But after about the second turn, I realized that I had turned too soon, putting me onto an even narrower and more badly rutted washboard road. So I looked for a driveway to turn around in. When I found one, it was tiny and at an awkward angle, but I did my best to make a turn—and promptly got stuck, broadside across the road, with Gertie's front wheels in a ditch.

In the ditch

Up until now I had been taking this as a somewhat annoying but picturesque diversion... but with Gertie immovable and blocking the road, miles from anywhere and with no cell phone signal, I came pretty close to hyperventilating. Then I said to myself, "Hey! You have a full tank of gas, a full tank of water, a full tank of propane, fully charged batteries and lots of food. Think of this as an adventure—something to write about on your website." Thinking of it as a story to tell helped distance me a little from the calamity, and taking a few pictures helped too.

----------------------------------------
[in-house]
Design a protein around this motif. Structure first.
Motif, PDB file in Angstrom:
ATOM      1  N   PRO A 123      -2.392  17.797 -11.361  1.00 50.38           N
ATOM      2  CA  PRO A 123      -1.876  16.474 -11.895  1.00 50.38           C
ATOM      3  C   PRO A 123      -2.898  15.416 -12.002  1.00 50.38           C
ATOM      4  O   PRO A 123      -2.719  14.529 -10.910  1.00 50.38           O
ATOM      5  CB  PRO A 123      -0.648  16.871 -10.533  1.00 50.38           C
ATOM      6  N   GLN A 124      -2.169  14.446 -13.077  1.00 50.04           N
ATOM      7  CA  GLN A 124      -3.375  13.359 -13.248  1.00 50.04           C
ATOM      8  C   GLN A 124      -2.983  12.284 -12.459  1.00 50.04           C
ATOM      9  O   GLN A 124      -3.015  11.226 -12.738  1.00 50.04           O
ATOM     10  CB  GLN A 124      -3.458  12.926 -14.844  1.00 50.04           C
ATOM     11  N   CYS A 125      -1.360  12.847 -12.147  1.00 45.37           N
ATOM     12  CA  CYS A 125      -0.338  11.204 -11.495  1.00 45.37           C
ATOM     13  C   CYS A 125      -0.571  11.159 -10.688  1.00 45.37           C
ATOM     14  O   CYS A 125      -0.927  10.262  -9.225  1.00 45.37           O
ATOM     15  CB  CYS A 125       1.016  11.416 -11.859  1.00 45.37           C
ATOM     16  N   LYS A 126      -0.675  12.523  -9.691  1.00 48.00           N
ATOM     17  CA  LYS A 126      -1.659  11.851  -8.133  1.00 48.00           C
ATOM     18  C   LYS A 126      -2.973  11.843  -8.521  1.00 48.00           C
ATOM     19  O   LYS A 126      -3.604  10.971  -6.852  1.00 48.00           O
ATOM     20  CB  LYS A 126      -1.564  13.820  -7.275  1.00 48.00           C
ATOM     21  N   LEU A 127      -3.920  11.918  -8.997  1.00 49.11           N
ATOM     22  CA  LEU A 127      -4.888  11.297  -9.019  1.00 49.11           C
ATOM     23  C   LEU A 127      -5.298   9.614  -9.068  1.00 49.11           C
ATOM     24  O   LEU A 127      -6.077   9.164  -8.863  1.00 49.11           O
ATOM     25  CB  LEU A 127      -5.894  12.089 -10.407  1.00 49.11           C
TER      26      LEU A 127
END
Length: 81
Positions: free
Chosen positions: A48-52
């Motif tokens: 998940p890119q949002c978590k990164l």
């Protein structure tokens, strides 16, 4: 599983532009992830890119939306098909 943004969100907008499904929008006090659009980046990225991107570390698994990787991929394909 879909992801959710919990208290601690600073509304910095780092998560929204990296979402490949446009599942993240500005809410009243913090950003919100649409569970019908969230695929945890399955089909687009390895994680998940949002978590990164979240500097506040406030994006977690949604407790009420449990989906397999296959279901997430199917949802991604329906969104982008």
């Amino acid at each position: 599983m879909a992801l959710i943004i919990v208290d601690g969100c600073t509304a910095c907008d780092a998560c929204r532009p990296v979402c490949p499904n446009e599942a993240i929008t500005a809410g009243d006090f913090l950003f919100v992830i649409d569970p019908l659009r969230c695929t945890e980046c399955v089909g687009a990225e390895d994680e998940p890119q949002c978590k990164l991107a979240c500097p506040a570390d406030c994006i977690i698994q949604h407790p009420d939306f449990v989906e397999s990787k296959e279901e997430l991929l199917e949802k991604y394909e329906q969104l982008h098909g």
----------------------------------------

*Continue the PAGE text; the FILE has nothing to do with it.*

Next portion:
So I climbed into my brown "dirty work" jumpsuit and surveyed the situation. It looked as if the main hang-up was my entry step, which was dug into the rocky soil, so I got out my folding shovel and dug away as much as I could from underneath it. Then I rocked Gertie back and forth (35 years of NJ winter driving experience came in handy) until I managed to get her out of the ditch—miracle of miracles! A good thing too, I realized afterward, because the chances of a wrecker being able to get to me over those roads were probably slim to none.